Another way to give users freedom of choice in operating systems is for the university to avoid requiring the use of software that runs on Windows but not Linux. For instance, if the university requires students to use Internet Explorer to access class info, for instance, students won't be able to use Linux, because Internet Explorer doesn't run on Linux. There are two ways around this problem. First, for several popular programs that don't run on Linux, there exist free alternatives that run both on Linux and on Windows. Second, free emulators can sometimes let Windows software run on Linux, or vice versa.

Free Linux-Friendly Applications

Free substitutes for Internet Explorer include Mozilla and Netscape 7.0.

The closest free substitutes for Microsoft Office are OpenOffice and its commercially supported twin, StarOffice. Both are free for educational use and offer good compatibility with Microsoft Office. Sun provides some free online training for StarOffice, and a few books are available on the two suites:

A number of reviews of StarOffice 6.0 are online: An update is now available for StarOffice 6.0 that may solve some of the problems identified in the above reviews. Also, OpenOffice 1.1 / StarOffice 6.1 will soon be available, and their release candidates appear to come a lot closer to full Microsoft Office compatibility.

Free Linux Emulators for Windows

To the delight of many Linux users, the Cygwin Project has ported the crucial Linux APIs and compilers to Windows. As a result, nearly all Linux software can be recompiled to run properly under Windows with little or no change. In effect, installing Cygwin turns a Windows system into a Linux system (albeit a somewhat strange one). This technique works quite well for commandline Linux tools and network services, and less well for GUI tools, although not all of them have yet been ported to compile under Cygwin. This option will chiefly appeal to software developers until the full range of Linux GUI programs have been ported to run properly under Cygwin.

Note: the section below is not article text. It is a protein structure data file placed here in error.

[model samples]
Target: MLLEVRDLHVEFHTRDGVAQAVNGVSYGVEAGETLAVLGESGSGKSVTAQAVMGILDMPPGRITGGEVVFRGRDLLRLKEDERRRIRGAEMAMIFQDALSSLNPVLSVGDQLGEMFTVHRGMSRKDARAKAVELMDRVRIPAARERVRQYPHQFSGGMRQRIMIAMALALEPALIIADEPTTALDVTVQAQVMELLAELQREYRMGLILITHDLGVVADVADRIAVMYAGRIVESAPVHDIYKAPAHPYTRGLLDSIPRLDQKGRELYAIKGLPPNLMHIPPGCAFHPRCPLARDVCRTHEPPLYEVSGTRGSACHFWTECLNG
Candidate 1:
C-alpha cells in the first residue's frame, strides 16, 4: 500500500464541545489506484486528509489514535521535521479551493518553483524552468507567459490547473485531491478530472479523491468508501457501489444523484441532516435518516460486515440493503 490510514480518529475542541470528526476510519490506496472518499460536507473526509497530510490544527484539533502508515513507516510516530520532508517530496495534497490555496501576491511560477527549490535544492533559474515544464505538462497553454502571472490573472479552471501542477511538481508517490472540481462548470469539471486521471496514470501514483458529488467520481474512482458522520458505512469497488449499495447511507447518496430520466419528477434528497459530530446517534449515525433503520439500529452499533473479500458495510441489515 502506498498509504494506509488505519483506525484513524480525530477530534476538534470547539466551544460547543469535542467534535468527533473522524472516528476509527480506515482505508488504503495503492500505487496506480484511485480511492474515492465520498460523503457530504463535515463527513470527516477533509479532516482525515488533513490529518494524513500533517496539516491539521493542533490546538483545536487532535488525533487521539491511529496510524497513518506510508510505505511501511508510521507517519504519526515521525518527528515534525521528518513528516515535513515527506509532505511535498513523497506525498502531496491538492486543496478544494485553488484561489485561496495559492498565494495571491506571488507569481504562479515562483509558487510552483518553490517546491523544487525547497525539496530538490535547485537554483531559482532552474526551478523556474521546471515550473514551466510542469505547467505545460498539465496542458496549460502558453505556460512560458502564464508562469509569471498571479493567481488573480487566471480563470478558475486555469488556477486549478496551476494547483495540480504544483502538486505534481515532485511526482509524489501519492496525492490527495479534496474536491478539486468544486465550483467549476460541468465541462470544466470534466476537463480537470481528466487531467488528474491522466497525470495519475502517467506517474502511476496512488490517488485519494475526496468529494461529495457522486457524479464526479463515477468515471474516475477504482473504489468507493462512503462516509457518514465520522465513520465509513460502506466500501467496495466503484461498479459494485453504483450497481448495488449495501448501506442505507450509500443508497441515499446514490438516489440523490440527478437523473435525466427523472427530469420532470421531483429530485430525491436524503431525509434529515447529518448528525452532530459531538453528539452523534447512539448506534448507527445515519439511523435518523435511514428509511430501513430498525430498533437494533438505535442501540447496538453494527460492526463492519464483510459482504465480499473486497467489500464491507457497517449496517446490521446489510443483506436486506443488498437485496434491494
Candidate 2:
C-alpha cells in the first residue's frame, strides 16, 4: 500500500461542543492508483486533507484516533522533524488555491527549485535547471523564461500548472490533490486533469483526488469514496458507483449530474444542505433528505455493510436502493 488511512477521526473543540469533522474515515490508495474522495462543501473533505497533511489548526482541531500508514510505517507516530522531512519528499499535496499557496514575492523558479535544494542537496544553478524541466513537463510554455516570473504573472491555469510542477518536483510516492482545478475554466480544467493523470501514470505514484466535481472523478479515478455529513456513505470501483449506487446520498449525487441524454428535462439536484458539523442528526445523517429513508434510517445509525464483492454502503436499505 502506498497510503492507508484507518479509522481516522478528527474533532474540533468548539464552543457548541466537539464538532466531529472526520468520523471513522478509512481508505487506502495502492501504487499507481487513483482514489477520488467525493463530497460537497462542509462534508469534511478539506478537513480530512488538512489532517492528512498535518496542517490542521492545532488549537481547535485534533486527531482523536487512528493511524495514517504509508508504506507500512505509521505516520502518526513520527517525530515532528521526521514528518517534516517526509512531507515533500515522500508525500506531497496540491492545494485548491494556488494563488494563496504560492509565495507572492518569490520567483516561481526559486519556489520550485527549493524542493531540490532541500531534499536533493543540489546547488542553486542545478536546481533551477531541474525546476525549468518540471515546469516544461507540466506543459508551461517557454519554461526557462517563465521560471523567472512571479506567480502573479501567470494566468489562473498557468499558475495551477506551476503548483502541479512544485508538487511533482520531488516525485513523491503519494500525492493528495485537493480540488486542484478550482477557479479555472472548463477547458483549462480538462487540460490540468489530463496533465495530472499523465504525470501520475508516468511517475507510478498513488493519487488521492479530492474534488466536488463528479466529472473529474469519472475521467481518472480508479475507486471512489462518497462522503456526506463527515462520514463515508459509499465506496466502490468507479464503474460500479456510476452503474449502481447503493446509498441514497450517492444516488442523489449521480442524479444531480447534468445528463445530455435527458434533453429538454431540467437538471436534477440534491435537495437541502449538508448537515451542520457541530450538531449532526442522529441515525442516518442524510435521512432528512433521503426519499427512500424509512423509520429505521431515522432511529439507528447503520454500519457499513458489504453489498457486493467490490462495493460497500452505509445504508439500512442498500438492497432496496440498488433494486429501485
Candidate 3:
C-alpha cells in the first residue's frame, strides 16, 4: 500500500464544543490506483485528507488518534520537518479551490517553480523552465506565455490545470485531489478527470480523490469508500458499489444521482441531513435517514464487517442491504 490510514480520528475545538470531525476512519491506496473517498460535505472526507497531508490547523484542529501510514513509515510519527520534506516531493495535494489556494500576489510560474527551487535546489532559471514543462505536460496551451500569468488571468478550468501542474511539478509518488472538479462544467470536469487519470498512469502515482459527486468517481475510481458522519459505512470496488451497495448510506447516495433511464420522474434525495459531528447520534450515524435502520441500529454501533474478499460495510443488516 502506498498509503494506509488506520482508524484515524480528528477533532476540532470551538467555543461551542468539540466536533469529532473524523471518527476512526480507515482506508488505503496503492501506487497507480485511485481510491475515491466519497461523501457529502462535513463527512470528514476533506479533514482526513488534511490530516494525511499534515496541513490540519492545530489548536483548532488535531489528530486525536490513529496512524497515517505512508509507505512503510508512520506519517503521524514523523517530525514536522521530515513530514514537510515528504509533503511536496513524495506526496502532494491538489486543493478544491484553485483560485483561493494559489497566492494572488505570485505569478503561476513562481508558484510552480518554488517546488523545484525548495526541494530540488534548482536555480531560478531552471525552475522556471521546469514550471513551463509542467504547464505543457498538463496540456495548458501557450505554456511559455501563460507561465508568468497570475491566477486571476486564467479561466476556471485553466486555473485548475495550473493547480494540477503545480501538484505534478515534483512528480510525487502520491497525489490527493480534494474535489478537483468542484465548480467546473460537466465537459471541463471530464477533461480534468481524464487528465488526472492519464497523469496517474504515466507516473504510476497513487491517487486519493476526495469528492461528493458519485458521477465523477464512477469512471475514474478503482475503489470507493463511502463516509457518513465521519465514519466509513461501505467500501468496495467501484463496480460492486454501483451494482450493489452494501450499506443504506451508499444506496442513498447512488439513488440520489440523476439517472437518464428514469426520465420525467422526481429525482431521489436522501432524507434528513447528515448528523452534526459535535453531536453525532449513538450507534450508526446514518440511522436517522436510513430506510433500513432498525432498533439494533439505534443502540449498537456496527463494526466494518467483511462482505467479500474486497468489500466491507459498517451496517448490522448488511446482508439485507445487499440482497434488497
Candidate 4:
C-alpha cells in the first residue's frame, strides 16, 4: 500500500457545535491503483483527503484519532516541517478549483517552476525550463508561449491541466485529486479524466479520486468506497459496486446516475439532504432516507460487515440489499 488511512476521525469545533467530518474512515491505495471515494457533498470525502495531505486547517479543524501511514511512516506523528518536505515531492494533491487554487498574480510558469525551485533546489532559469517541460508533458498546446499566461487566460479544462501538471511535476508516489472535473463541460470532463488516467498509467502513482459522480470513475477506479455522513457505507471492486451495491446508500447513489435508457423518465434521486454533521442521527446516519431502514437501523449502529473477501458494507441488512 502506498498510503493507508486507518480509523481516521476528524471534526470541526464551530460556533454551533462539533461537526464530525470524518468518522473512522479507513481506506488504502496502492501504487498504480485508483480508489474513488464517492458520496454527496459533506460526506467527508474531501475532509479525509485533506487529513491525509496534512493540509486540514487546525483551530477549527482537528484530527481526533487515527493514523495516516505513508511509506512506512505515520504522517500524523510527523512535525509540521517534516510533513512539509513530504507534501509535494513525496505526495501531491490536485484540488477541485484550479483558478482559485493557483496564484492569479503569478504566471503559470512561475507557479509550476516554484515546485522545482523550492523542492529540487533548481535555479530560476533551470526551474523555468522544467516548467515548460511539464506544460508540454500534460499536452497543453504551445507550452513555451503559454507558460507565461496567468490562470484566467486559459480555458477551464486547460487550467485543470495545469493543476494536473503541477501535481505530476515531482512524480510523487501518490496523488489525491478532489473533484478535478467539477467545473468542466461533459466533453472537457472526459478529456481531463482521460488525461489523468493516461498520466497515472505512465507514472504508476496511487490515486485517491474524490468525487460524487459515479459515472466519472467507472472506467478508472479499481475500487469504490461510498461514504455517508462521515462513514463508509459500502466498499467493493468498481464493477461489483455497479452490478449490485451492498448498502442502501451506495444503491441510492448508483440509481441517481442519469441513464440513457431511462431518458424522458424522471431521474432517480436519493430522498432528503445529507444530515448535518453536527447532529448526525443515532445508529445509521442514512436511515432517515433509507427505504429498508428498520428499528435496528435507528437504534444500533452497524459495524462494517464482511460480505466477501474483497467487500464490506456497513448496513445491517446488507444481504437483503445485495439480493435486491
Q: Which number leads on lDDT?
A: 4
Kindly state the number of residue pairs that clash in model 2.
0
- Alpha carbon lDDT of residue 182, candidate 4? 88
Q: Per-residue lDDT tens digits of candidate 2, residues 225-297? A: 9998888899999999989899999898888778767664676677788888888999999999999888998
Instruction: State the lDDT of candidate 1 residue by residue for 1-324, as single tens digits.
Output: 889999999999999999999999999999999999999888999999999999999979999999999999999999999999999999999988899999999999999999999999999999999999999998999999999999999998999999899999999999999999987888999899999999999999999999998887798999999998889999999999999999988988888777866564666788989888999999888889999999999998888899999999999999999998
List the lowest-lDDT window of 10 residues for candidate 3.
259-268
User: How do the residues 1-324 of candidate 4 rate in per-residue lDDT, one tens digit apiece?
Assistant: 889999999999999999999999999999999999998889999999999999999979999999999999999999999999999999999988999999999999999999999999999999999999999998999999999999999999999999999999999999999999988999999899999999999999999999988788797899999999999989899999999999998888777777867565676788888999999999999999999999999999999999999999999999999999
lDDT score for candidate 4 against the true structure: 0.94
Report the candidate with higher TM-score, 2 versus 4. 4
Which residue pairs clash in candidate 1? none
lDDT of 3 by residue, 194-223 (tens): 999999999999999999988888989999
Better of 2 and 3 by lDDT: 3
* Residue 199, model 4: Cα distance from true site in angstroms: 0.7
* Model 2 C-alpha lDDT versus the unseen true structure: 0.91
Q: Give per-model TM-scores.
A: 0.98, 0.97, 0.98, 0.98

Free Windows Emulators for Linux

Wine is a free Windows emulator for Linux -- well, more accurately, it is an independent re-implementation of the Windows APIs, hence its official name, "Wine Is Not an Emulator". It is being developed by a large team of volunteers loosely called the Wine Project. Wine can run some Windows programs, and is included with most distributions of Linux, but is not yet quite polished enough for general use.

Two companies provide commercial support for Wine in the form of polished packaged product. Codeweavers sells two versions of Wine: one that runs ActiveX plugins, and one that runs Microsoft Office and Quicken. (And they do offer educational discounts.) TransGaming sells a version that supports 150 popular Windows games. Both of these companies are generous and frequent contributers of source code to the Wine project.


In summary, Given the above, universities should consider the following course of action: Universities which do these things will better prepare their students for the real world, find themselves in a stronger bargaining position when it's time to renew their contracts with Microsoft, and spend less money on software and computer security problems.


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About the author

Dan Kegel is a software engineer currently working at Ixia Communications. He has been programming since 1978, and mentoring intern programmers since 1994. He recently served on the JSR-51 committee which helped add nonblocking I/O and file locking to the Java platform. His web site "The C10K Problem" is well-known among a small circle of internet server programmers, and his comment on the Microsoft antitrust settlement was accepted as one of 43 major Tunney Act comments in the case. He maintains as a service to the Los Angeles Linux community.